The rise of the novel
The novel had its precursor in the medieval romance but it rise as a genre as we know it today during the 18th century and in England it was associated with the emerging middle-classes; it dealt with everything that could affect and modify social status and it was mainly intended for a bourgeois public with simple writing that could be understood also by less educated people. The message of the novel was of reward and punishment related to the puritan morality of the middle-classes and the stories aimed to be realistic. The subject of the novel was the bourgeois man with his problems, struggling for survival or social success and the readers were expected to sympathize with him. To strengthen the idea of realism, characters were give contemporary names and they could be divided into two categories: those who believed in reason (e.g. Robinson Crusoe) and those unable to control their passions (e.g. Moll Flanders). Characters were also fitted into referenced temporal dimensions and events often followed in a chronological order. Great importance was also given to the place or setting in which the events were taking place and all this, together with detailed descriptions and the fact that the writer was omnipresent and omniscient helped to make the novels even more realistic.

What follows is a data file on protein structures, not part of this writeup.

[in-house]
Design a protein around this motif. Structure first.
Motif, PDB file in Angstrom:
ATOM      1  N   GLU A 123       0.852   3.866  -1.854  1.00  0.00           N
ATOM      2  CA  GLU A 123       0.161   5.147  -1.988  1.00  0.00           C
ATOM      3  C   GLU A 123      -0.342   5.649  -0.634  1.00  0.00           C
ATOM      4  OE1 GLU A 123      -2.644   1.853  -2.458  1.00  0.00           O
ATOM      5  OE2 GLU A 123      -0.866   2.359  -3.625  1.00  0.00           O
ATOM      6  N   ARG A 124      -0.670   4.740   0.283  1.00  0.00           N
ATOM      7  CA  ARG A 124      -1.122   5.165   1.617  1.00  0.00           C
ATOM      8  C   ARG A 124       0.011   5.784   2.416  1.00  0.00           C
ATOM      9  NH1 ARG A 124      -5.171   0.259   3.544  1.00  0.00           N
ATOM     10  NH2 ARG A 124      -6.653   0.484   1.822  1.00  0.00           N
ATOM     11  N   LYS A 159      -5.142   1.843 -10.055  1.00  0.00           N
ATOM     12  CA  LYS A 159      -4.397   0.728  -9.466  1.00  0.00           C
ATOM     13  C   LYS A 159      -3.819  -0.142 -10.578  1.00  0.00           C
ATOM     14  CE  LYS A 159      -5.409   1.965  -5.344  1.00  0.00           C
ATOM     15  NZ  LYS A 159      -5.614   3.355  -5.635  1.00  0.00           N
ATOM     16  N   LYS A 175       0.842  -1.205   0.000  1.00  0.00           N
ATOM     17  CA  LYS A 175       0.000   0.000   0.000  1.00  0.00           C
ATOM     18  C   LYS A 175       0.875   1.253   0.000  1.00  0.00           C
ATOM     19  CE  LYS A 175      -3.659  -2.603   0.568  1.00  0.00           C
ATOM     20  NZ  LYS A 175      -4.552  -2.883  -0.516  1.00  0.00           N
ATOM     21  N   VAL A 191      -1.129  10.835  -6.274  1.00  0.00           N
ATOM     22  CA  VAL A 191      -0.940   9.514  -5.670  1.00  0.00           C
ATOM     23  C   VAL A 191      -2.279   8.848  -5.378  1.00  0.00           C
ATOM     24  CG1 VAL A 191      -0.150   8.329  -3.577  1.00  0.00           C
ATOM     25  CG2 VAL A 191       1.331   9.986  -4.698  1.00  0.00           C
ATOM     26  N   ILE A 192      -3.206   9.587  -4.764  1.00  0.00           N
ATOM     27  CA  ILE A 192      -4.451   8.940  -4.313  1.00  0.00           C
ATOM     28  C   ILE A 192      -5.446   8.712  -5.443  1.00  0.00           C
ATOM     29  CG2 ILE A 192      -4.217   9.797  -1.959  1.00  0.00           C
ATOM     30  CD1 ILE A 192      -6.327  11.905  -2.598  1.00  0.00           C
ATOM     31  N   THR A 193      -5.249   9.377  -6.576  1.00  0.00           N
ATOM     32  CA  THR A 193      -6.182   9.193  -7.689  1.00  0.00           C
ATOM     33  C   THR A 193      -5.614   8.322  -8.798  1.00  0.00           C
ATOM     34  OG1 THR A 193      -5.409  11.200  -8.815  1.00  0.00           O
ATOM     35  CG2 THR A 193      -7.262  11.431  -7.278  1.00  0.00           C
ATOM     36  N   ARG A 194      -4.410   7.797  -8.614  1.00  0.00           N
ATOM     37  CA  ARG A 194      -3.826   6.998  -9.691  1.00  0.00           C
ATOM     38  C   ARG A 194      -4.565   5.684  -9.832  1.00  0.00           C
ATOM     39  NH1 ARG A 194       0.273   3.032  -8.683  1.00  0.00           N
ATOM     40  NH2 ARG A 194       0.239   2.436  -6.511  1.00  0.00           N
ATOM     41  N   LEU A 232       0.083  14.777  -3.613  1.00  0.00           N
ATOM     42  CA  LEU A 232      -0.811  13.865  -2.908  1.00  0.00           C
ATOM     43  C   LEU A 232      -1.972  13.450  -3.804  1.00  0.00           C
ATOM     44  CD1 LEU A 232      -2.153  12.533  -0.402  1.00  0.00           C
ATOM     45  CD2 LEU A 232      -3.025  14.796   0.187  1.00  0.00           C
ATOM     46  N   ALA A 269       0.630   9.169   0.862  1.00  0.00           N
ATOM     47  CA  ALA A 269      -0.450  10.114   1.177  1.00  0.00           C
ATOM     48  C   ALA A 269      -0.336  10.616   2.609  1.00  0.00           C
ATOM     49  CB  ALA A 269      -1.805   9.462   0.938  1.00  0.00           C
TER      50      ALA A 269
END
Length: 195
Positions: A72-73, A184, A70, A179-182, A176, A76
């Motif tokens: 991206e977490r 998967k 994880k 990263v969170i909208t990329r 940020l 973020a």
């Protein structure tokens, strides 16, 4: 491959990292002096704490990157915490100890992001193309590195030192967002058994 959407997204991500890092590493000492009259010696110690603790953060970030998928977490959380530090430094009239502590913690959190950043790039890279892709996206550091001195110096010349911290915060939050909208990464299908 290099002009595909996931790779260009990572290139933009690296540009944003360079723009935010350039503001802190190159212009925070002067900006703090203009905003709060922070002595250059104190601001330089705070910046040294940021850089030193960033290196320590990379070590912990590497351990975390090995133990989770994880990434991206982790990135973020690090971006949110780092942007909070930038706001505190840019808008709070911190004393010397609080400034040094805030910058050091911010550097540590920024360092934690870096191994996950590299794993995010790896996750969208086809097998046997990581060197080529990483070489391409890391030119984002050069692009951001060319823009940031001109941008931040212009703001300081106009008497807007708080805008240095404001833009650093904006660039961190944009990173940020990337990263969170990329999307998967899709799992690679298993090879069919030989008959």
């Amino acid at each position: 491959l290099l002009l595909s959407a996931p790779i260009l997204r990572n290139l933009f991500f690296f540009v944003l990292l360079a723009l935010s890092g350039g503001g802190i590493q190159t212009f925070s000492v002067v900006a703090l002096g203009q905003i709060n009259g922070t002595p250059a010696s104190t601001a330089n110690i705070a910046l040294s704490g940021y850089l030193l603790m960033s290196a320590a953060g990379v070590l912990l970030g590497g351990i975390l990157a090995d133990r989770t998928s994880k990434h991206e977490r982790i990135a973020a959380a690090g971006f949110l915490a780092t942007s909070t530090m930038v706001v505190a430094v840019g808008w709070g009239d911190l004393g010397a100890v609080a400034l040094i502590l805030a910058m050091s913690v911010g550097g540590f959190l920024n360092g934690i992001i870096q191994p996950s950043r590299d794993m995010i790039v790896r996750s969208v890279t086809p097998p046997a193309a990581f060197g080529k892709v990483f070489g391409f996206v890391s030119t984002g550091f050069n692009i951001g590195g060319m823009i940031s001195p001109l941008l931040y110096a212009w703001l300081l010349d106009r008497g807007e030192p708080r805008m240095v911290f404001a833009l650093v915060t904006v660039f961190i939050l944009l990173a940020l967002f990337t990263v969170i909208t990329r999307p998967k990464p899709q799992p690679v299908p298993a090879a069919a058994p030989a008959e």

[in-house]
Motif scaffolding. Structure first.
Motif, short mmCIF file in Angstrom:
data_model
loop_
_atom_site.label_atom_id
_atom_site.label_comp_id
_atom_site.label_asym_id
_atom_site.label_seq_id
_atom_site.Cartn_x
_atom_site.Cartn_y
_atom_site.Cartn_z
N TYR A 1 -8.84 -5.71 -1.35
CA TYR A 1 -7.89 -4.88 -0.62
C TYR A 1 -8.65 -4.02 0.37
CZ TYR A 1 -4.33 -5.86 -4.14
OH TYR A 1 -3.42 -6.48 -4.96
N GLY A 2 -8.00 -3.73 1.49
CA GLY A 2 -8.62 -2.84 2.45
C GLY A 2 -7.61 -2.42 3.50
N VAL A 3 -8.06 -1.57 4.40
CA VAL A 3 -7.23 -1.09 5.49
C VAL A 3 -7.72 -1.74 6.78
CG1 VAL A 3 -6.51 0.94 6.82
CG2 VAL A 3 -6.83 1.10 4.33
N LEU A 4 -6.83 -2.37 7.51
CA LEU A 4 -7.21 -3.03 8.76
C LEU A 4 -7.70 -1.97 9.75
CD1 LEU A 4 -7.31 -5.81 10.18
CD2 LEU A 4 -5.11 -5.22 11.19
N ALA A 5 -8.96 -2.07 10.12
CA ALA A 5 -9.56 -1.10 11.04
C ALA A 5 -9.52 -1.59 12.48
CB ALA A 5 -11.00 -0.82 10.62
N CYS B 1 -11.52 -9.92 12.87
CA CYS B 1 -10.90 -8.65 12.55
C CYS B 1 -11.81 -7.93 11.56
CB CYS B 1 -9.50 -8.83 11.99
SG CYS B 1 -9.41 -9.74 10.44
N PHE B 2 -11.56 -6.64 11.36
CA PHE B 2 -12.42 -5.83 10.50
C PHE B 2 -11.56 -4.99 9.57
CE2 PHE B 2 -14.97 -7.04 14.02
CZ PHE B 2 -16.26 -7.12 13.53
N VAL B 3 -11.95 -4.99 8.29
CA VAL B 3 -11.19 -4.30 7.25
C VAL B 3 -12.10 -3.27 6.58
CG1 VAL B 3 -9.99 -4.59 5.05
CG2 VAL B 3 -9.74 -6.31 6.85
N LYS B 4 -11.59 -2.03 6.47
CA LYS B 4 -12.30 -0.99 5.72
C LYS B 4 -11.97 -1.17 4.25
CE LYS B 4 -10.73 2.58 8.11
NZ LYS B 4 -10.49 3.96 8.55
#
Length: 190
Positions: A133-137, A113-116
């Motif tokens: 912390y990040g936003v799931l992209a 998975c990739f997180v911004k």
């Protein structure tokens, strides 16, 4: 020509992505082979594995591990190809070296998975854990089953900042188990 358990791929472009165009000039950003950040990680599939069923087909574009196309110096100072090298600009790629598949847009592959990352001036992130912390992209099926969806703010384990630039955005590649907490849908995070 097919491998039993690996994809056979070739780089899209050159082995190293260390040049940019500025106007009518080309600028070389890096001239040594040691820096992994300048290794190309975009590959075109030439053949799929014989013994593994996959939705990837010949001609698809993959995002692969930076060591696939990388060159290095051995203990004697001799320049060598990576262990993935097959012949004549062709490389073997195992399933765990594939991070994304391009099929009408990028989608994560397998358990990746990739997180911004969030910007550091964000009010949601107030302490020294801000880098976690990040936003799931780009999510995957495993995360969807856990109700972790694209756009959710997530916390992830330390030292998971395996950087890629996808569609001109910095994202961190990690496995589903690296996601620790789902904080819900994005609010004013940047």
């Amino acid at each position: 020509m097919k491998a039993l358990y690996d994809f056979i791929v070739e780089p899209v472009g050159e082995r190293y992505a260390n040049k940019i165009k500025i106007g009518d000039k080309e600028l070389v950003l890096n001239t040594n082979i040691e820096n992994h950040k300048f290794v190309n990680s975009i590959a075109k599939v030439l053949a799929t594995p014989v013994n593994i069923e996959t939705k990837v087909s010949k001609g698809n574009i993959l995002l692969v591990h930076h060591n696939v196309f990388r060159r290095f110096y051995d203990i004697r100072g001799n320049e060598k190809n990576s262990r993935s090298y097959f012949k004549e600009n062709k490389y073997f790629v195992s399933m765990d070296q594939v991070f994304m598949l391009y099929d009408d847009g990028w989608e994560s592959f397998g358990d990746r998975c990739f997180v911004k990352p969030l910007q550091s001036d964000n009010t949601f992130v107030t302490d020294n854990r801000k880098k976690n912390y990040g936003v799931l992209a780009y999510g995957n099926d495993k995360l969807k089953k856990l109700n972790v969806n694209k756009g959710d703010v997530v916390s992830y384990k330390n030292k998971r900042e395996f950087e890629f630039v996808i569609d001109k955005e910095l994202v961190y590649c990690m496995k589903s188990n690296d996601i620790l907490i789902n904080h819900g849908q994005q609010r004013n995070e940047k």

Novels were produced quickly and in great numbers as on these elements depended the reward the authors would get from the booksellers. The pioneers of the English novel are Defoe and Richardson.